Originally built as a post office in 1910, the Marietta Cobb Museum of Art isn't actually where Martin Luther King Jr. accepted his Nobel Peace Prize. He actually accepted it in Oslo, Norway, but that doesn't deter from the history or meaning of the building. Although it didn't officially become an art museum in 1990, it's currently the "only Metropolitan-Atlanta fine arts museum focusing on American Art." The Marietta Cobb Museum of Art is also a nonprofit organization, whose goal is to "build community through art." The building fits perfectly in the period in which "Selma" takes place, with the giant building's architecture—namely the frontal white pillars—transporting you back to the civil rights struggle of the 1960s.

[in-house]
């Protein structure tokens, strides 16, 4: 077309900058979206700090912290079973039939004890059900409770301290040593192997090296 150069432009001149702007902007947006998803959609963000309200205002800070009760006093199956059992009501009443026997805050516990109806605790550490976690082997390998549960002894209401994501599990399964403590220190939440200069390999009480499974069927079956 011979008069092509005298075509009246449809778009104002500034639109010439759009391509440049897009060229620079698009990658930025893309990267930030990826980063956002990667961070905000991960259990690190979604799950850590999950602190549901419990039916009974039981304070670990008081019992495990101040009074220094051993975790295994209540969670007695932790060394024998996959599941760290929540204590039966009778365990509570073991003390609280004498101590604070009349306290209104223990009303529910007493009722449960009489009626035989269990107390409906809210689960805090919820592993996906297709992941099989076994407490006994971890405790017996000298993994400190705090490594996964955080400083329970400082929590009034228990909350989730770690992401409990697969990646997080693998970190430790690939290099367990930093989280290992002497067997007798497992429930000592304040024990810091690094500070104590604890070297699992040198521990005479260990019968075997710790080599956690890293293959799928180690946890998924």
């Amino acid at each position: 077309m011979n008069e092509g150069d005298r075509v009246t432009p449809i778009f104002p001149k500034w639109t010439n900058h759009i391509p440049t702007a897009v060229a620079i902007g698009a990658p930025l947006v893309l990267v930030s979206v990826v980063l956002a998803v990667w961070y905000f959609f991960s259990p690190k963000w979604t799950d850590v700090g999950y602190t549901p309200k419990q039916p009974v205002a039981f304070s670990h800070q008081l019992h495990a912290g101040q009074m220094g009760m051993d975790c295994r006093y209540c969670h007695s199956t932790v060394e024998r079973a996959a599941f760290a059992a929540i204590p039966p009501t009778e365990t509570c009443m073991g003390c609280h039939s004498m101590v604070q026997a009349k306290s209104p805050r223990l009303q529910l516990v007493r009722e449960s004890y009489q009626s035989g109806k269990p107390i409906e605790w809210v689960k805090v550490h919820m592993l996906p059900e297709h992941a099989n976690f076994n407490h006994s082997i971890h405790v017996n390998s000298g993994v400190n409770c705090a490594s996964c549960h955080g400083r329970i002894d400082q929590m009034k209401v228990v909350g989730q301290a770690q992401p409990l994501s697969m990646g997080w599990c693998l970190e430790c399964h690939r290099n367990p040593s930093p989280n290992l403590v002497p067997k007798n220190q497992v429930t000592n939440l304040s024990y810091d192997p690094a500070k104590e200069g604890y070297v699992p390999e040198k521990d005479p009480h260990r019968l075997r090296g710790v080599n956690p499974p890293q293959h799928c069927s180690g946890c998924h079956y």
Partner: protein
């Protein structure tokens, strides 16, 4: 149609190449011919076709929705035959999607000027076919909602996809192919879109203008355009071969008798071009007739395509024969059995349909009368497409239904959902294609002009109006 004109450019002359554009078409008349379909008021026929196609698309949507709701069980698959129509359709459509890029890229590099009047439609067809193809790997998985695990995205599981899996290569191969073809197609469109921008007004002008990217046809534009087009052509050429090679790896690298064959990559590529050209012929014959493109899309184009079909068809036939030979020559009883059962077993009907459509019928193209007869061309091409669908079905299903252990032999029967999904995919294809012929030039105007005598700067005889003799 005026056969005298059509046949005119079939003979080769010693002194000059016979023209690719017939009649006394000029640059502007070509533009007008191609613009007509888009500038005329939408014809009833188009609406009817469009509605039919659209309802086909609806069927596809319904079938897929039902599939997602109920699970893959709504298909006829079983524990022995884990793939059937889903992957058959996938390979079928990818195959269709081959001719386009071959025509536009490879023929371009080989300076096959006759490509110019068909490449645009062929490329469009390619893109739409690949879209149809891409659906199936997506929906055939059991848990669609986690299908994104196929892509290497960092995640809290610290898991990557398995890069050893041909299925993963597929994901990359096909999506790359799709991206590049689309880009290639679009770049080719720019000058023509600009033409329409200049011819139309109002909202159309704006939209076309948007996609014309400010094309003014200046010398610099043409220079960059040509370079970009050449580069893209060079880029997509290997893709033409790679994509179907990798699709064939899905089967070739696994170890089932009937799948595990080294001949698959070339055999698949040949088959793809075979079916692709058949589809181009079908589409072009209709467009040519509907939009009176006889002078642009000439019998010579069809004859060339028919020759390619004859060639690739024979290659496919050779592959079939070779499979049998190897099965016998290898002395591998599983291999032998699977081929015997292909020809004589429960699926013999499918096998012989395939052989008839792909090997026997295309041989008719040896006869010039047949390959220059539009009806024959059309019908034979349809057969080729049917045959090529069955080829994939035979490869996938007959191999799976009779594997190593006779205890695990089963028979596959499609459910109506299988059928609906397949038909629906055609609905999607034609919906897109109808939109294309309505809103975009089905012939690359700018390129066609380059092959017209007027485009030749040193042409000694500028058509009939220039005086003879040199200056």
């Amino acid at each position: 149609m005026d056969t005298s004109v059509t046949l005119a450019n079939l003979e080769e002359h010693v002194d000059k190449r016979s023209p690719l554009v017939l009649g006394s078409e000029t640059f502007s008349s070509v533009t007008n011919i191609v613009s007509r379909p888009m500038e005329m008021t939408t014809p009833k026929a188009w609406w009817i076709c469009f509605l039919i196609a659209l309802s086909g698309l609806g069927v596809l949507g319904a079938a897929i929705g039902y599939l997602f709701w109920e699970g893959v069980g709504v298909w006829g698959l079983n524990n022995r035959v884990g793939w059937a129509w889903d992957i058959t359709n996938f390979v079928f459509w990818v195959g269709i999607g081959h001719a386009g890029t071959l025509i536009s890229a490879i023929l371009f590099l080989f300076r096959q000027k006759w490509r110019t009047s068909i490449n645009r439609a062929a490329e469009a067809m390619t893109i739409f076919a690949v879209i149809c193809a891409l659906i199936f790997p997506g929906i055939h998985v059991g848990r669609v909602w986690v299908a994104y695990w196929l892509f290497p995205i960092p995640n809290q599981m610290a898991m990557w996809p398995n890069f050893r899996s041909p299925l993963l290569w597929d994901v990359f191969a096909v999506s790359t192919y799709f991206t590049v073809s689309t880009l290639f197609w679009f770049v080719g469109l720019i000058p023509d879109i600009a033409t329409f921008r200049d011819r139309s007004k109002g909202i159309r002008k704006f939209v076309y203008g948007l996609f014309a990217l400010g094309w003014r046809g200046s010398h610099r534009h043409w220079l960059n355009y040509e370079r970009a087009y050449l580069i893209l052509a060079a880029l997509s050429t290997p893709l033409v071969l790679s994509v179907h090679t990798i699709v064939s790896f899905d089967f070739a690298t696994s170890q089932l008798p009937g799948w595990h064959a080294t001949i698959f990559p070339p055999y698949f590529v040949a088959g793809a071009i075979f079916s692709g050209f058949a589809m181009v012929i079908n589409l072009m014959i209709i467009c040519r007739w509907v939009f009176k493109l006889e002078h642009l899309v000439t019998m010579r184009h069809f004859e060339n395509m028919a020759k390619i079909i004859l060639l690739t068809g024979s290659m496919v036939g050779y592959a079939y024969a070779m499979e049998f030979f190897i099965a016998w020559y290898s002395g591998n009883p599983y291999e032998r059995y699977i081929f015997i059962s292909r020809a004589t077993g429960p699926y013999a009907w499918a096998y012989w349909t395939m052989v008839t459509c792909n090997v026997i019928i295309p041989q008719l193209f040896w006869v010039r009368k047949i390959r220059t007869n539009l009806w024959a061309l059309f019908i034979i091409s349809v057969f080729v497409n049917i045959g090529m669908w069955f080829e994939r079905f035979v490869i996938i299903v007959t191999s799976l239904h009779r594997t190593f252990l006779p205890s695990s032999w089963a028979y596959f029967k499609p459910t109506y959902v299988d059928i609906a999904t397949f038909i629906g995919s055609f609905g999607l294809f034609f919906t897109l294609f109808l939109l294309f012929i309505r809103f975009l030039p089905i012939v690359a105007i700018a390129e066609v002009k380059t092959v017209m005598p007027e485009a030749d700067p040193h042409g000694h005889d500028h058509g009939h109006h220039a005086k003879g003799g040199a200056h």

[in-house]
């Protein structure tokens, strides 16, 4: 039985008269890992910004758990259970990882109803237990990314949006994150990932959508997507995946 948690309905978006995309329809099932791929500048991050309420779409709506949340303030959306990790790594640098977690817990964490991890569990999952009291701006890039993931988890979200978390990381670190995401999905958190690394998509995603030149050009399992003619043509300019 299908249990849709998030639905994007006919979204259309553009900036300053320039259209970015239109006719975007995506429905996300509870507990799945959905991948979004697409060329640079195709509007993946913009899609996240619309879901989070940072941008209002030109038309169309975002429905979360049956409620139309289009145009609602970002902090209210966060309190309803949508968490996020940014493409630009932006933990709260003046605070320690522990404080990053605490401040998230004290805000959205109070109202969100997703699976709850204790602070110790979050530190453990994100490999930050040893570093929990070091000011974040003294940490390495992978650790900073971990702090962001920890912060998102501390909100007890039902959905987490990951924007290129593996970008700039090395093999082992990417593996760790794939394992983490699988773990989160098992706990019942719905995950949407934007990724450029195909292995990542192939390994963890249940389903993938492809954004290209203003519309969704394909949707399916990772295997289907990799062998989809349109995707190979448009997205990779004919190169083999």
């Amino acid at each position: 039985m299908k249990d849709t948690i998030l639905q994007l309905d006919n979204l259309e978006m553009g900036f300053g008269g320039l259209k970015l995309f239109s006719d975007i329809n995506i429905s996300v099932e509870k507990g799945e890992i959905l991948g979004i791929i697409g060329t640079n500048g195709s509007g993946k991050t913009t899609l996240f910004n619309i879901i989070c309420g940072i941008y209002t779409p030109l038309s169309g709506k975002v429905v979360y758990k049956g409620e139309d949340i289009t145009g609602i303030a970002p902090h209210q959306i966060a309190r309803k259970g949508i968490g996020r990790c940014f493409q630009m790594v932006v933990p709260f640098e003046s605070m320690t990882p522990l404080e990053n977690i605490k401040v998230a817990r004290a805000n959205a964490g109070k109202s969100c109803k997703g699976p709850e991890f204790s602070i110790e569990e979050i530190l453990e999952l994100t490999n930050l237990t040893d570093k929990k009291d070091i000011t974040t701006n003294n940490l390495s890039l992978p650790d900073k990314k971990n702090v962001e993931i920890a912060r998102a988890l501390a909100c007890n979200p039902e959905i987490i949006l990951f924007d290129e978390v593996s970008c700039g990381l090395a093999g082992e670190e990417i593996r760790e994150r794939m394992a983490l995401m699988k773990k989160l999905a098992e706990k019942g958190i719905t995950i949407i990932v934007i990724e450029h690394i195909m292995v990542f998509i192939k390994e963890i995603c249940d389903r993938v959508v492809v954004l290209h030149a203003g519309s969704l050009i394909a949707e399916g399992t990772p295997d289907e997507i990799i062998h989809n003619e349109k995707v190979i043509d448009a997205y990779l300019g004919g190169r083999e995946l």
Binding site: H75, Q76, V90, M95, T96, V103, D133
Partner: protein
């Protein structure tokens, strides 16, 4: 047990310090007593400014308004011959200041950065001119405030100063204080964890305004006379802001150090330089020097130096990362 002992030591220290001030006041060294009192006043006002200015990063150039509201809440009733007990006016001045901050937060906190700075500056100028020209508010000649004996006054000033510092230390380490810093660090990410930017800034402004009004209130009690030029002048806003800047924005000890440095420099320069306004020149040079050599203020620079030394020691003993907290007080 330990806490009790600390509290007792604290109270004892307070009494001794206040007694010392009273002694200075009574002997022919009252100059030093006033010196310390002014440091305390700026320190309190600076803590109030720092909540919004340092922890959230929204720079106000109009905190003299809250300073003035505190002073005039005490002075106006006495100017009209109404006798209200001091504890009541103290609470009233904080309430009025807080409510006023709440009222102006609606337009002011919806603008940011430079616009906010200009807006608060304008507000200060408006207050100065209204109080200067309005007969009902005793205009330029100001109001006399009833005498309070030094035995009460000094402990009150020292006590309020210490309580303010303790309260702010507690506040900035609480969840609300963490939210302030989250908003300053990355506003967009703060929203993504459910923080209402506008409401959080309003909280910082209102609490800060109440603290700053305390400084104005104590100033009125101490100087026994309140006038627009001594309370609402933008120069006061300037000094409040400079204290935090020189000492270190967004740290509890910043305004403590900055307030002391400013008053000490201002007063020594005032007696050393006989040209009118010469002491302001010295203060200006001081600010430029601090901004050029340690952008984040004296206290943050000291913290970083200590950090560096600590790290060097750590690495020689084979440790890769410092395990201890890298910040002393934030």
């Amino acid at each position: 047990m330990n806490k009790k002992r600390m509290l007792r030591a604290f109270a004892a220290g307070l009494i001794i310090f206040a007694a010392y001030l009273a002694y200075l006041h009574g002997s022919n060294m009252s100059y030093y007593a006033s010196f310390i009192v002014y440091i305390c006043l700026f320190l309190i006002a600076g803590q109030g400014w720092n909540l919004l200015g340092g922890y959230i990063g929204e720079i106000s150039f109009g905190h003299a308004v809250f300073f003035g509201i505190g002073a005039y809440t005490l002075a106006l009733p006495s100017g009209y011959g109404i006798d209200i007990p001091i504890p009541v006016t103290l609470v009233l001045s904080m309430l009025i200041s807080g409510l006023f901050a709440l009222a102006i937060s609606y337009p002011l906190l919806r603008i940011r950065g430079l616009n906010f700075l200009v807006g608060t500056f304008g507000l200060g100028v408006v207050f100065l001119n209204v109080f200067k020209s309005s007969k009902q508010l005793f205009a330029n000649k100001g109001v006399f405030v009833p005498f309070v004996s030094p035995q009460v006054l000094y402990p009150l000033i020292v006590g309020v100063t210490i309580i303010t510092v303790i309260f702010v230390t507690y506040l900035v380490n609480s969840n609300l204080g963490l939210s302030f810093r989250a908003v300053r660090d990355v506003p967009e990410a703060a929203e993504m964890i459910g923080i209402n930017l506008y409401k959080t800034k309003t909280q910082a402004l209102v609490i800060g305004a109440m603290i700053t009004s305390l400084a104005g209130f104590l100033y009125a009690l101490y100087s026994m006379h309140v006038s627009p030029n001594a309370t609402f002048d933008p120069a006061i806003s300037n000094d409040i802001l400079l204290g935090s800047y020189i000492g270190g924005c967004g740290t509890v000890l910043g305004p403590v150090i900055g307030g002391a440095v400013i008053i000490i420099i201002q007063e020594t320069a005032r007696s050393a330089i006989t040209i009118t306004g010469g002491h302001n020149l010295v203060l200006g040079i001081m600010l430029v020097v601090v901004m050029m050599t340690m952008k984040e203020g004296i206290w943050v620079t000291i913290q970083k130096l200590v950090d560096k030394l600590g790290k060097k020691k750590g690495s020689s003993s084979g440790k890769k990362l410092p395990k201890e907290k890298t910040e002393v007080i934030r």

A car at a gas station in the pouring rain at night.
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Alcon Entertainment

The gas station in the rain from 'Prisoners'

- Location: 1605 Troy Smith Rd

While he's now known as a master of science fiction, director Denis Villeneuve began his Hollywood career with more intense films. The Jake Gyllenhaal and Hugh Jackman starrer "Prisoners" is one such project, which employs this gas station as the location where Gyllenhaal's detective character orders his men to haul off a suspected murderer in the pouring rain. In the film, the gas station is bathed in darkness; the only light sources are from overhead street lights and police cars shining blue and red. While the location won't look the same in real life, it will feel similar, especially at night. Plus, the neighboring woods are sure to intensify the real-life scare factor.

A street view of the mansion at 490 W Paces Ferry Road NW
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Google Maps